Tuesday, October 31, 2006

NaNoWriMo, here I come

Well, I'm biting the bullet. Tomorrow is the kick off for National Novel Writing Month (NaNoWriMo). This will be my first attempt at writing an entire novel over the span of 30 days. I still feel like I have a bunch of research to do, but I should have enough done to get a good start.

If you would like to find out more about NaNoWriMo, please visit this link - http://www.nanowrimo.org/

Here is a brief synopsis of my NaNoWriMo project: The Shepherd's Journey

On the night of Christ's birth, young Obed is tending sheep with his father and two older brothers. After visiting baby Jesus, they proclaim Him as the Messiah. But a tragedy turns the family away from God. All except Obed, who can't get the visions of the angels out of his mind.

Thirty years later Jesus Christ begins his ministry, and Obed is still curious about who this man really is. After rumors of Christ's Resurrection circulate, he seeks out the apostles to find the answer to the question that has been burning in his mind for over thirty years - Who is Jesus Christ?

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Monday, October 23, 2006

Big News for the Mass Division of the National Ovarian Cancer Coalition

The Massachusetts Division of the National Ovarian Cancer Coalition has been chosen by the Boston Athletic Association to be an official charity of the 2007 Boston Marathon. If you or anyone you know is interested in running for the NOCC to raise funds for ovarian cancer, please email an application request to ma.nocc@ovarian.org

Thank you for your support.

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A Mother's Reflection

There are days when the girls seem to drive me batty, and I wish they would grow up and not need me so much. On those days, I long for the time before they came along, when I could compose my thoughts in a quiet corner of the house, could keep the living room clean, and dabble in a few of my hobbies. After a good night's rest, though, the desire to go back to the way it was five years ago vanishes and a deep love fills my heart as I watch the girls play.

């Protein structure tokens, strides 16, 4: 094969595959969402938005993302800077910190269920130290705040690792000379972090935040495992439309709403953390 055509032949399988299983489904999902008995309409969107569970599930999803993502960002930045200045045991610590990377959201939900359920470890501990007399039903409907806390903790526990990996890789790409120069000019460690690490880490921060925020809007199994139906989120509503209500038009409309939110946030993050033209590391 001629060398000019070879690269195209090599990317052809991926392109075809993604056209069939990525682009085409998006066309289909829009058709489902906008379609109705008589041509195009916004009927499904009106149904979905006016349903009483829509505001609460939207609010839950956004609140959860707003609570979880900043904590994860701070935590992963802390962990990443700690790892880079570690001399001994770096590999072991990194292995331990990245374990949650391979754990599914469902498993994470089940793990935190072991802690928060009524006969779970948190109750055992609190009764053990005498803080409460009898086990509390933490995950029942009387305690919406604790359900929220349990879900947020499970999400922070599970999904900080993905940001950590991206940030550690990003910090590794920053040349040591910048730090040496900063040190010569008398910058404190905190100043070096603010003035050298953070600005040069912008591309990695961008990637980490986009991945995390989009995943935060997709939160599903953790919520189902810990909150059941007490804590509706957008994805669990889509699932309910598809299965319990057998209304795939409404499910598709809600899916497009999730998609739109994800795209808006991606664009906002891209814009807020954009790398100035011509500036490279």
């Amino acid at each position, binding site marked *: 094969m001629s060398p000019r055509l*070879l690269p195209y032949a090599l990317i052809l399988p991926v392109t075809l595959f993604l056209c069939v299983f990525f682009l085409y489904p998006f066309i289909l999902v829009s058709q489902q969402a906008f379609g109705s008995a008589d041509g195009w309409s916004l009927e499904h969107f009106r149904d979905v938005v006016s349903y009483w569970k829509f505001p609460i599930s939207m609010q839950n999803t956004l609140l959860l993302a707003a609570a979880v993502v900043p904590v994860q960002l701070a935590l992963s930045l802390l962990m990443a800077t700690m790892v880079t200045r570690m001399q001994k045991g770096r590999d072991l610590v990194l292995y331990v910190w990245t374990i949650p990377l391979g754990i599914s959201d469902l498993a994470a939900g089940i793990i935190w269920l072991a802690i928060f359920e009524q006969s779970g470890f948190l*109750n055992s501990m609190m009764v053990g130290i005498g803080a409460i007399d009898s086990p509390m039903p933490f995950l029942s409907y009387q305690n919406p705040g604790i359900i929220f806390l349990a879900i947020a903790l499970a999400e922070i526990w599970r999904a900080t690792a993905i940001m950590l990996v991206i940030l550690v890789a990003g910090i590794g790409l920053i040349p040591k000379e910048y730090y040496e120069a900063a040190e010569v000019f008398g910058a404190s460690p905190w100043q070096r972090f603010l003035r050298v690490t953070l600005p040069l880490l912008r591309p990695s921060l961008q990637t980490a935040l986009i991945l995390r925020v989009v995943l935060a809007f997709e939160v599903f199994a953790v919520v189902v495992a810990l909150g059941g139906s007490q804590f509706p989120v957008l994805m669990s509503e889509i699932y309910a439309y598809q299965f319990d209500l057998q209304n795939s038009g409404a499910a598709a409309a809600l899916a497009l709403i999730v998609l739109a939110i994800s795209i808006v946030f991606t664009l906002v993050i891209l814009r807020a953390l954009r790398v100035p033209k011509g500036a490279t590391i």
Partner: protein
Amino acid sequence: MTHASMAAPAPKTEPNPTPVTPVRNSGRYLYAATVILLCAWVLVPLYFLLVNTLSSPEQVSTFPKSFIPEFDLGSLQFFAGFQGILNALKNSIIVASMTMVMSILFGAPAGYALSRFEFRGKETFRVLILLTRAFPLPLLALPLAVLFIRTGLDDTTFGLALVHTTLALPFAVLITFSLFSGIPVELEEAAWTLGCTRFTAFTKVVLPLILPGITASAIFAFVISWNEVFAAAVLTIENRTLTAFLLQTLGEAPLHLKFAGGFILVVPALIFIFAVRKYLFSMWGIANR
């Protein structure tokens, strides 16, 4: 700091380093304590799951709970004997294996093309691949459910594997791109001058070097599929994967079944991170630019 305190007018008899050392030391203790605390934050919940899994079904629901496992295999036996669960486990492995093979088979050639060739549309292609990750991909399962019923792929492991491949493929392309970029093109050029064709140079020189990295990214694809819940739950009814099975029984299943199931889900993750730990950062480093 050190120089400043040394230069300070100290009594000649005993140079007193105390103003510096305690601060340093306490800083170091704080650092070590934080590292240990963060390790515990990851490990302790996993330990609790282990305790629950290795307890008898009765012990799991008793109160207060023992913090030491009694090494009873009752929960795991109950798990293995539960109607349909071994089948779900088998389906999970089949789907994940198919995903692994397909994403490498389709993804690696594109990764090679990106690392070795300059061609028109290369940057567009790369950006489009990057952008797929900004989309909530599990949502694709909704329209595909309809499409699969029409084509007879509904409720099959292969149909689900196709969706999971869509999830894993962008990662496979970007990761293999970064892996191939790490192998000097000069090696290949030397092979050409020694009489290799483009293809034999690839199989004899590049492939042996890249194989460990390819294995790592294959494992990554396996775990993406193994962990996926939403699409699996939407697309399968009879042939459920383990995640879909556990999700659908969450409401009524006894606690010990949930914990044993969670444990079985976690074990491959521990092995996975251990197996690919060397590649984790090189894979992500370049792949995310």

A few weeks ago, our five-year-old had a dentist appointment. I brought her into school afterwards, and as she strutted down the hallway towards her locker, this child who seemed so needy the day before, was independent and sure of herself. She did not look back to see if I was still there. Instead, she removed her coat, got out what she needed for class, and slammed her locker shut with a firm hand. She did not wave goodbye to me, but she humored my motherly side with a quick glance before she stepped into her classroom.

On the stroll back to my car, I was overcome with how foolish I am. How can I not appreciate the wonder of childhood? Am I so far removed from being a child or so consumed by the responsibilites of life that I can't remember how curious I used to be? Have I forgotten how important my parents were to me and how much I wanted to please them?

I hope the lesson I learned as I watched my daughter walk away, is one I keep with me as she grows. I want to remember how it felt to realize she wouldn't always need me in the same way she does now. At some point - probably sooner, rather than later - she will distance herself from me. She will seek the advice of peers before asking my opinion, and my importance - at least for a while - will be diminished. It is something all mothers struggle with; a struggle I have gone through once already.

God never promised being a mother would be easy. He only said the rewards would be great.

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